Ocean Beach. View looking southeast from the Cliff House circa 1905.
(Courtesy of a Private Collector & outsidelands.org)
In early 2013, the volunteers at the Western Neighborhoods Project (WNP), a historical group dedicated to preserving the history of San Francisco’s western neighborhoods, were offered the chance to take stewardship of a massive photo collection containing thousands of images of San Francisco’s past.
The goal: to digitize and archive the photos, and make them available to the public. The collection, spread across more than 25 filing cabinets, contained 8×10 inch prints; acetate, glass, and nitrate negatives; cabinet cards; panoramas; postcards; scrapbooks; yearbooks and other items.
The WNP is a small organization but they took on the task, deciding to initially pilot the project with the historical images from the Cliff House, Sutro Baths, Sutro Heights, and Ocean Beach areas.
“We would sort, rehouse, catalog, digitize, and put online this first installment, then step back to assess the effort, costs, and rewards,” they wrote on their website.
Efforts began in summer 2014 and after 6 months of hard work, the WNP shared the first 1,182 images from the pilot last week.
We interviewed WNP members Woody LaBounty, David Gallagher and Nicole Meldahl about the project to find out more about the massive undertaking and why this collection is so significant to their mission, and the city’s history.
On your site, you refer to this as “perhaps the greatest collection of historical San Francisco photographs in private hands”. What makes it so valuable and great?
Woody: Sheer size to start. We’re talking tens of thousands of images. The collector’s house is jammed from basement to rafters with filing cabinets of negatives, prints, slides, and ephemera. The quality and clarity of many images is stunning and some items are incredibly important to San Francisco history. We may have discovered the very first photographic view of Alcatraz, for example.
We know these are a from a private collector who wishes to remain unnamed, but do you know how he or she came into possession of these images? You mention that much came from other local collections but do you know any more than that?
Woody: The collector is an accomplished photographer and knows his way around a darkroom. Over the past thirty years, he’s made copy negatives and prints from local collectors, institutions, businesses, and libraries, and, like all collectors, he traded and bartered and bought, from flea markets to eBay. The whole collection contains prints of well-known shots many of us have seen (say, much-reproduced views of Market Street or the 1906 earthquake), to one-of-kind negatives that exist nowhere else.
David: What Woody said is correct, I would add that the collector was tenacious in their pursuit of images and finding sources for them.
Second Cliff. View looking west from offshore circa 1890 (Courtesy of a Private Collector & outsidelands.org)
Are there more in the collection from the west side? Or just these ones from Cliff House, Sutro Baths, Sutro Heights, and Ocean Beach? If more west side, how much do you estimate?
Woody: Every corner of San Francisco, west side and east, is covered. We came to an agreement with the collector that we would do a pilot project, starting with Ocean Beach views, to see if both sides felt comfortable with the arrangement. This is a huge responsibility, caring for these objects correctly, saving them for future generations, and we didn’t want to jump in without being certain we’d have the resources to do it right. This is an ongoing discussion internally, and we are carefully moving forward about taking more.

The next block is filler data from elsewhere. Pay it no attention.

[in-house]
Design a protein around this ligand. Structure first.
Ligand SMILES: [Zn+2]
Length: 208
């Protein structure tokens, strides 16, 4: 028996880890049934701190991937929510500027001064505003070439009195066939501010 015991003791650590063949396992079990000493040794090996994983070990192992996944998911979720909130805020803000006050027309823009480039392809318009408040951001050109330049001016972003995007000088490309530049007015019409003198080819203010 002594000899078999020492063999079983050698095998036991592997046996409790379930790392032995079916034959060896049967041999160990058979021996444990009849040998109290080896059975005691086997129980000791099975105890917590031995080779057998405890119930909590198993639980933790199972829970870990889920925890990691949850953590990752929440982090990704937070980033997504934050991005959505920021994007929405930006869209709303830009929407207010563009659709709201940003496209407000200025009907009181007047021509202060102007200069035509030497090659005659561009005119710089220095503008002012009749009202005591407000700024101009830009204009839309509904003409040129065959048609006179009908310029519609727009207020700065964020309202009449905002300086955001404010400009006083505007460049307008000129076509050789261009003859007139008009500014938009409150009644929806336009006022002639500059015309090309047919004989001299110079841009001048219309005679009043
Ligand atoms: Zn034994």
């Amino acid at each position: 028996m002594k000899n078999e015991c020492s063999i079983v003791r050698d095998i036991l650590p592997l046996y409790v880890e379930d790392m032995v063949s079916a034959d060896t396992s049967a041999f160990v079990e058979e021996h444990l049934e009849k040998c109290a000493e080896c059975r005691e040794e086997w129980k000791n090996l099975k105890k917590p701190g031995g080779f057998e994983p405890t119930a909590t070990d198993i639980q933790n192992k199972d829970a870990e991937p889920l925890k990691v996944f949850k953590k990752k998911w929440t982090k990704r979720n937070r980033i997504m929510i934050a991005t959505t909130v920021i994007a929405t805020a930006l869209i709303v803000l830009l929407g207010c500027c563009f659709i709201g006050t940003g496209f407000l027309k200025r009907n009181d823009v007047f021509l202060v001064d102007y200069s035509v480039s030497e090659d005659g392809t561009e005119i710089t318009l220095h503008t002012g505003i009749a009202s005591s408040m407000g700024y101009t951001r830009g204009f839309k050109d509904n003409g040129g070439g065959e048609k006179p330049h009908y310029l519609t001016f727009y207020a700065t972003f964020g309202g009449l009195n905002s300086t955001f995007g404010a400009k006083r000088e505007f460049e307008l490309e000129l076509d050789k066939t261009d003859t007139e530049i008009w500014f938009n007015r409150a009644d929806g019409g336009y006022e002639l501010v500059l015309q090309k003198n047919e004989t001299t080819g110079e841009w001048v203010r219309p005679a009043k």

David: I would estimate that there are hundreds of images for every neighborhood.
Describe the process you went through to digitize a single 8×10 image including a time estimate per image.
David: The over 1600 8×10 prints (made by the PC in his darkroom in the 80s) came to us roughly sorted in 6 boxes arranged by location: Playland, Cliff House, Ocean Beach, Sutro Baths, Sutro Heights, etc. These areas were what we agreed to take in the pilot project, primarily because we all believed that they would be the most popular. These were sorted into a single set, duplicates weeded out ( although we kept at least 2 of each image if we had them), the prints were numbered and rehoused in archival folders and boxes, catalogued in a spreadsheet, the best prints were scanned at 600dpi 13” at the long side (about 7000 pixels) each one took about 2 minutes. The spreadsheet, which documents any notations or words on the prints and the physical folder was used as the basis for adding descriptive information about the image to a database. We put versions of the images on a hidden site online and invited local experts to help with the metadata for each image; adding dates, titles, descriptions, locations, photographer, even other copies on the web. We are also producing an academic finding aid for the collection which will be available on the site at some point. It’s hard to estimate the time for an individual image, but suffice to say that it is multiple hours from removing it from the original storage, cataloguing, rehousing, digitizing, documenting, identifying, and posting it to the web. All that is without even interpreting it for the public, which is what we are more known for in the first place.
Nicole: What David said is spot-on. This is been a time intensive labor of love.
At Playland: Shoot the Chutes circa 1925. (Courtesy of a Private Collector & outsidelands.org)
Who worked on digitizing the collection? Feel free to name volunteers etc – we want to acknowledge them!
David: The collection has had many volunteers and still needs more. Nicole deserves the greatest praise in this, without her archival and cataloguing skills from her 8 tears at the GGNRA, we wouldn’t be in a position to accept this at all. I did the heavy lifting of scanning the images and building the interface online to display them. We had documentation help from Dustin Magidson, Julie O’Keefe, Beth McLaughlin, and Brandi Chalker. (all west side residents I might add.) We had expert identifications help from James R. Smith, John Freeman, and especially John Martini who has spent many hours online and in our office. I use the past tense here, but all these efforts are ongoing.